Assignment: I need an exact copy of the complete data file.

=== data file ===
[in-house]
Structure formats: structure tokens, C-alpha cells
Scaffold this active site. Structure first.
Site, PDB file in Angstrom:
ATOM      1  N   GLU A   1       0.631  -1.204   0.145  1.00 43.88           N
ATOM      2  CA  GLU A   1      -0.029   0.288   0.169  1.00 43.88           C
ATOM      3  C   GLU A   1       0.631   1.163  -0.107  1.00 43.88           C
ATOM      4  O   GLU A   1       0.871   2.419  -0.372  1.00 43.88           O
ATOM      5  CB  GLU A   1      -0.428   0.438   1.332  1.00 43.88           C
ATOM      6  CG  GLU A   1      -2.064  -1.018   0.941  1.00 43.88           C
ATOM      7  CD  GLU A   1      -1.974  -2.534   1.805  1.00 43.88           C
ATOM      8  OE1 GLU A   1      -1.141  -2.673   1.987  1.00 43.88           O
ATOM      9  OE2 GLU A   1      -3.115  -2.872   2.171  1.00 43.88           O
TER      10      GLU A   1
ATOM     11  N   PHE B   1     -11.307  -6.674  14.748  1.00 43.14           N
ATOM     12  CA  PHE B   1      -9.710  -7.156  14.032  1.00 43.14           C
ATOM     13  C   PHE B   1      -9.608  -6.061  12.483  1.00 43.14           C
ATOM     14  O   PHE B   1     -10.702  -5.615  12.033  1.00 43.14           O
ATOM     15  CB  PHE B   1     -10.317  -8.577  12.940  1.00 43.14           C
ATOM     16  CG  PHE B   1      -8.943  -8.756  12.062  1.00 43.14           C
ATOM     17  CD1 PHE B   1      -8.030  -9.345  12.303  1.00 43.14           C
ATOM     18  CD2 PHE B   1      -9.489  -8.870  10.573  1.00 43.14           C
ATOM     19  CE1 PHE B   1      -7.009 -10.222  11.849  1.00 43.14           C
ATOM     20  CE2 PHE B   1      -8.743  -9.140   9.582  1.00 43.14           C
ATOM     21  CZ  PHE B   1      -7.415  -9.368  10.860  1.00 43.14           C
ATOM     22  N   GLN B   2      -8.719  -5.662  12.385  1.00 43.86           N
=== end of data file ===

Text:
[in-house]
Structure formats: structure tokens, C-alpha cells
Scaffold this active site. Structure first.
Site, PDB file in Angstrom:
ATOM      1  N   GLU A   1       0.631  -1.204   0.145  1.00 43.88           N
ATOM      2  CA  GLU A   1      -0.029   0.288   0.169  1.00 43.88           C
ATOM      3  C   GLU A   1       0.631   1.163  -0.107  1.00 43.88           C
ATOM      4  O   GLU A   1       0.871   2.419  -0.372  1.00 43.88           O
ATOM      5  CB  GLU A   1      -0.428   0.438   1.332  1.00 43.88           C
ATOM      6  CG  GLU A   1      -2.064  -1.018   0.941  1.00 43.88           C
ATOM      7  CD  GLU A   1      -1.974  -2.534   1.805  1.00 43.88           C
ATOM      8  OE1 GLU A   1      -1.141  -2.673   1.987  1.00 43.88           O
ATOM      9  OE2 GLU A   1      -3.115  -2.872   2.171  1.00 43.88           O
TER      10      GLU A   1
ATOM     11  N   PHE B   1     -11.307  -6.674  14.748  1.00 43.14           N
ATOM     12  CA  PHE B   1      -9.710  -7.156  14.032  1.00 43.14           C
ATOM     13  C   PHE B   1      -9.608  -6.061  12.483  1.00 43.14           C
ATOM     14  O   PHE B   1     -10.702  -5.615  12.033  1.00 43.14           O
ATOM     15  CB  PHE B   1     -10.317  -8.577  12.940  1.00 43.14           C
ATOM     16  CG  PHE B   1      -8.943  -8.756  12.062  1.00 43.14           C
ATOM     17  CD1 PHE B   1      -8.030  -9.345  12.303  1.00 43.14           C
ATOM     18  CD2 PHE B   1      -9.489  -8.870  10.573  1.00 43.14           C
ATOM     19  CE1 PHE B   1      -7.009 -10.222  11.849  1.00 43.14           C
ATOM     20  CE2 PHE B   1      -8.743  -9.140   9.582  1.00 43.14           C
ATOM     21  CZ  PHE B   1      -7.415  -9.368  10.860  1.00 43.14           C
ATOM     22  N   GLN B   2      -8.719  -5.662  12.385  1.00 43.86           N